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Cafe Instanbul (7:00 PM)
A Japanese film about a teenager’s strange venture into a haunted house
Hi-Ho Lounge (8:00 PM)
King James & the Special Men
Charmaine Neville Band
New Orleans Jazz Vipers
Johnny Sketch and the Dirty Notes
Zeitgeist Multi-Disciplinary Arts Center (7:30PM)
Julianne Moore, Steve Coogan, and Alexander Skargard star in the film, an adaptation of Henry James' novella of the same name
8301 Olive Street (6:00 PM)
Honey Island Swamp Band Trio with Alvin Youngblood Hart will play at the fourth annual celebration of the farmer’s market, with proceeds to go to kid’s farm education programs
Rosa Keller Library (5:00-9:00 PM)
My House NOLA presents a rolling food vendor mini festival
The Antenna Gallery (7:00 PM)
A series of music-themed movies and documentaries, curated and hosted by DJ Soul Sister, and co-presented by Charitable Film Network, Press Street, and WWOZ
Jewish Community Center (7:30 PM)
The second evening of a chamber music festival that has something for classical aficionados and dilettantes alike
Circle Bar (10:00 PM)
Catch the Indie rockers on their North American tour
Nutria Dog Biscuits Chew Into New Orleans
by Mary-Devon Dupuy
Those lucky enough to encounter nutria in person know that these gnarly, orange-toothed swamp critters aren’t the most sympathetic vermin around. Not only are nutrias ugly as all get out, they’re an invasive species that feed on the vegetation of Louisiana’s Coastal Wetlands, a rapidly disappearing and vital resource for everything from seafood to storm protection.
A few years ago, “Righteous Fur” began producing nutria fur for ladies looking for a “guilt-free” way to wear luxurious duds. Sister-brother team Veni and Hansel Harlan caught on to the sudden trend and decided to come up with a more practical way to turn the dangerous species into a tasty treat - for dogs.
Veni Harlan spoke with NoDef about how she and her brother came up with the idea for their new product, nutria dog biscuits, which are just starting to pop up in the New Orleans area.
“We knew about the state’s effort to promote nutria for the human table, but I think there’s too many other choices for Louisianans. Shrimp vs. nutria?" Harlan said. "It’s kind of a no-brainer. But the meat’s good and it’s very lean.”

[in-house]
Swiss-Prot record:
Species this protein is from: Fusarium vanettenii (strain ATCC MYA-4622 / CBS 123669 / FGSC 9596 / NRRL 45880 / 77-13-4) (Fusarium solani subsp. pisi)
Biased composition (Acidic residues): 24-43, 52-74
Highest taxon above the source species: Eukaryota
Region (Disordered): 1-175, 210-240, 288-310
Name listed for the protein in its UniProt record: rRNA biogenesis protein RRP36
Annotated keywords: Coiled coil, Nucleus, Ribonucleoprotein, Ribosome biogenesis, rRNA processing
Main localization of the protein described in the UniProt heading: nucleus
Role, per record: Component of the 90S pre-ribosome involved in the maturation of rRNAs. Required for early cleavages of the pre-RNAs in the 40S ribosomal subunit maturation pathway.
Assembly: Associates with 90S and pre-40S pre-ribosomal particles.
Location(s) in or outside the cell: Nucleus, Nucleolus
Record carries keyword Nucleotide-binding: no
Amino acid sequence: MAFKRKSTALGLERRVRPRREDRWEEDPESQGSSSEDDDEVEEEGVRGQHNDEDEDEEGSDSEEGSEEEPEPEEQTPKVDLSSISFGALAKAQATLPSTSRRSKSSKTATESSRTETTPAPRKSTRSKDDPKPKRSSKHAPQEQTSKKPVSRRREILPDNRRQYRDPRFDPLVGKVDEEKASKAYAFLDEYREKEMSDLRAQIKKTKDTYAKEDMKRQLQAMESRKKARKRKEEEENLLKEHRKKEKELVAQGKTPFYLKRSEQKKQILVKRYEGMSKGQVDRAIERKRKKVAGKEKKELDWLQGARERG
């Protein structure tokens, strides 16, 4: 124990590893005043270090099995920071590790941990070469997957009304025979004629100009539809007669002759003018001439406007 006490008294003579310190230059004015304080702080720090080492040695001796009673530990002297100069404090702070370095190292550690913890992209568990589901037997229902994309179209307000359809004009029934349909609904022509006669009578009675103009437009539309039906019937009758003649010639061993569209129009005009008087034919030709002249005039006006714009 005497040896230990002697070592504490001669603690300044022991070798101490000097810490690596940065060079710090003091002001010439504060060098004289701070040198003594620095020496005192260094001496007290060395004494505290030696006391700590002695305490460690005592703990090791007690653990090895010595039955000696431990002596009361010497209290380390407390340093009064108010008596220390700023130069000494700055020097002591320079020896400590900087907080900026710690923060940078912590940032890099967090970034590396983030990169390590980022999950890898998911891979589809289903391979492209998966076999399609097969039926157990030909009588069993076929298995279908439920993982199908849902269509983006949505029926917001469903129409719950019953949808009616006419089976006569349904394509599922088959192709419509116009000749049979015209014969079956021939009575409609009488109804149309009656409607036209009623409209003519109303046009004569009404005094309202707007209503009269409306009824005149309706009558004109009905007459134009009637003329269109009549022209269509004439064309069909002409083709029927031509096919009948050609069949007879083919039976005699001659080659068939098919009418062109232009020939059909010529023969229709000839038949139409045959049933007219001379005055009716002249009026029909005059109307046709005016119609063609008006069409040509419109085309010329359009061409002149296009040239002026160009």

The siblings had both cooked for their dogs before, so they decided to apply their canine cuisine talents to nutria cooking. Not too long afterwards, they found an opportunity to mass-produce their eco-friendly dog biscuits.
“It wasn’t until about a year later that the BTNEP (Barataria-Terrebone National Estuary Program) put out a call for submissions for its grant. So he called me, and said, ‘let’s see if we can get this grant.’ We scrambled and put together our business proposal, and they loved it," Harlan said.
The pair started selling their dog biscuits, under the product name “Marsh Dog LLC,” in Baton Rouge, where they both live. They were relieved by the positive feedback they received.
“We honestly didn’t know if people would think it was such a great idea like we did," Harlan said. "We thought it’s either going to be a great idea or we’re going to be feeding our dogs nutria for the rest of eternity.”
Harlan said the trend of buying all natural and locally owned has taken off for dogs as it did for humans. “It’s a human trend, and the dog food industry follows the human food industry.”
Now, Marsh Dog LLC sells their treats in the 504, at Jefferson Feed and Neighborhood Pet Market. Soon, they’ll be in Belladoggie, The French Quarter Pet Shop, and Petcetera.
“We don’t want to be in every single corner, it’s a specialized kind of product," she said. "All along the coast, people get it. It’s not just about making dog treats, we want to bring awareness to coastal issues.”
Harlan says that she hopes her product encourages people to read up on invasive species. “A lot of people don’t even know that nutria is not a native species or that the damage they do is so incredible," she said. "I guess I want people to pay more attention to the environment and how valuable the wetlands are to the whole United States.”
All of the meat that the Harlans use come from BTNEP. You can visit their website for activities and content about Louisiana’s Wetlands and their nutria issue.
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